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Protecting the Peace ... the Fish ...

Creating ocean parks allows battered and bruised fish and other marine species to rest, recover and reproduce in a few short years, according to a new scientific report.

And New Jersey is going to be the first state to provide a marine conservation zone for fish and fowl.

The Tidelands Resource Council has designated the Sedge Islands of Barnegat Bay as the first marine conservation zone. "The idea of marine zoning protects sensitive areas and bird-nesting sites ... while still accommodating everyone's recreational demands in the bay," says Bob Shinn, Department of Environmental Protection commissioner.

Senators Leonard Connors, Andrew Ciesla and Robert Singer, and Assemblymen Jeffrey Moran and Christopher Connors supported the marine zoning.

Bill Vibbert, the superintendent of Island Beach State Park, points out that zoning has been used to protect natural resources, but usually is applied on land, not at sea.

"Marine zoning is useful for the protection of nesting bird colonies, endangered species such as osprey and peregrine falcon, and preserving historic uses of Barnegat Bay because much threatened and endangered wildlife in the Sedge Islands depends on the estuary for survival," he says.

Conservation zoning will allow the state to manage both land and water as one working unit, protecting natural resources.

Marine conservation zones have been used successfully at Australia's Great Barrier Reef, the Cayman Islands, federal marine life conservation districts in Hawaii, and the Florida Keys National Marine Sanctuary. The National Oceanic and Atmospheric Administration manages 13 national marine sanctuaries through the zoning approach.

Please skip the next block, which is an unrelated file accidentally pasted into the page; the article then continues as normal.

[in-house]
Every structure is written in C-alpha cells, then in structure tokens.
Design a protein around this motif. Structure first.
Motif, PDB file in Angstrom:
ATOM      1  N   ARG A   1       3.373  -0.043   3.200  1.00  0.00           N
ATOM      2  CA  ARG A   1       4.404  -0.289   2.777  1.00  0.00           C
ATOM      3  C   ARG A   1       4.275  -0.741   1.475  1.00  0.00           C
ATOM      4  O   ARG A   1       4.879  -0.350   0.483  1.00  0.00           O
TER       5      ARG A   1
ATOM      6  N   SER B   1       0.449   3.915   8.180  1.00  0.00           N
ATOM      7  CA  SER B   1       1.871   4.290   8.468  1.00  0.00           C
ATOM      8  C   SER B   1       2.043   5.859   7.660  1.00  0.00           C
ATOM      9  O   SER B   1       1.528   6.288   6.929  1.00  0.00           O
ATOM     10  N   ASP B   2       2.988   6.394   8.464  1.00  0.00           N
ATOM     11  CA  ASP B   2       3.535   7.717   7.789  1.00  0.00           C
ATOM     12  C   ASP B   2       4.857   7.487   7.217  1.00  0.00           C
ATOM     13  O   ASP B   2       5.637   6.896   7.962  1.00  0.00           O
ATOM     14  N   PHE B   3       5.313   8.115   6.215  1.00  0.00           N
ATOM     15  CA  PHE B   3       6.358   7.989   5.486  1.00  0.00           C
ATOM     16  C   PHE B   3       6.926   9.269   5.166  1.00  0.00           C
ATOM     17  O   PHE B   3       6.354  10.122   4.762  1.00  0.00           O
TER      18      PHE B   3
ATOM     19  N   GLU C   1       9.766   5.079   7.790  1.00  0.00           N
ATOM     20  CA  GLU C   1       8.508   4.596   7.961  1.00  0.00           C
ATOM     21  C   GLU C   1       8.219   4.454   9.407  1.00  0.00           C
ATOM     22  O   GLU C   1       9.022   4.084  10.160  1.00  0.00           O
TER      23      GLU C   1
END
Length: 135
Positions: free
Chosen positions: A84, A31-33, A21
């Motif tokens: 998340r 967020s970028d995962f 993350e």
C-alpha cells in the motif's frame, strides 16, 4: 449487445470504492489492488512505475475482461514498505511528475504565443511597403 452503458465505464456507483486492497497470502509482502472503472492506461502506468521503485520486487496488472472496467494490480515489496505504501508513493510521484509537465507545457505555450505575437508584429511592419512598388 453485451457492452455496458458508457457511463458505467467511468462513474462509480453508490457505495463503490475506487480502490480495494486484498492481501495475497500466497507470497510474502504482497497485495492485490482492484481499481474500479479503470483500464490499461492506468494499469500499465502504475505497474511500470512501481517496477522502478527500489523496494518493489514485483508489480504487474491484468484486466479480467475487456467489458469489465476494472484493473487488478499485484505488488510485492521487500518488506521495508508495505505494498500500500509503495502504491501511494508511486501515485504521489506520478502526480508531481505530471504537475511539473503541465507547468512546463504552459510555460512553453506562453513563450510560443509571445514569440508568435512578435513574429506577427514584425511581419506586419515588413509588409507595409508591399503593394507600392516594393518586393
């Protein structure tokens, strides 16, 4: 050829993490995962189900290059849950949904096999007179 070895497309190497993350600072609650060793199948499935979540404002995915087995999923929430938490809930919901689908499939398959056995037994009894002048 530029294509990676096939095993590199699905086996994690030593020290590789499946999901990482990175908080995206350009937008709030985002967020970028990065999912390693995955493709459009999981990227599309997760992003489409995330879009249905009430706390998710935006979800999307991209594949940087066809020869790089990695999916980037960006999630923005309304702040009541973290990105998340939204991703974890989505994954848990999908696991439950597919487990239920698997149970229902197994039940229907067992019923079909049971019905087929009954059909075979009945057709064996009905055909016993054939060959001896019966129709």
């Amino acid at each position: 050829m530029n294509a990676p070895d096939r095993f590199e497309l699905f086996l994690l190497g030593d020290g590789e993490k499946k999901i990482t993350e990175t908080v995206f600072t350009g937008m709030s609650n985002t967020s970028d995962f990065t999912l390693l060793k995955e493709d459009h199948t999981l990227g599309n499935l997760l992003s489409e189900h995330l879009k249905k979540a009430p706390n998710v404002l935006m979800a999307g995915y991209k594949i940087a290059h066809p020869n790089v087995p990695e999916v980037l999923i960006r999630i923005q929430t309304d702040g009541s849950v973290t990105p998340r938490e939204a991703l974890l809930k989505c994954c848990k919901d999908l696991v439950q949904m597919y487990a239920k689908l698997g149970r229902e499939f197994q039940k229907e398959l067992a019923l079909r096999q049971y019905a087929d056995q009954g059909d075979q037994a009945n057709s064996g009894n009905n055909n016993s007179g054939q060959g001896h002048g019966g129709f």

The ocean park creates a zone in the shallow waters surrounding the Sedge Islands and the bay's shoreline that will be marked with buoys, land markers and signs; Jet Skis will not be allowed in this zone nor in the low marshes.

New Jersey's action follows a scientific report, presented at the American Association for the Advancement of Science annual meeting that called for a worldwide network of marine parks. These no-fishing zones would help replenish depleted stocks of fish and other marine species. Creating marine sanctuaries often leads to a revival of commercial fishing in areas where fish had been scarce, according to the study.
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Publication:State Legislatures
Article Type:Brief Article
Geographic Code:1USA
Date:Oct 1, 2001
Words:355
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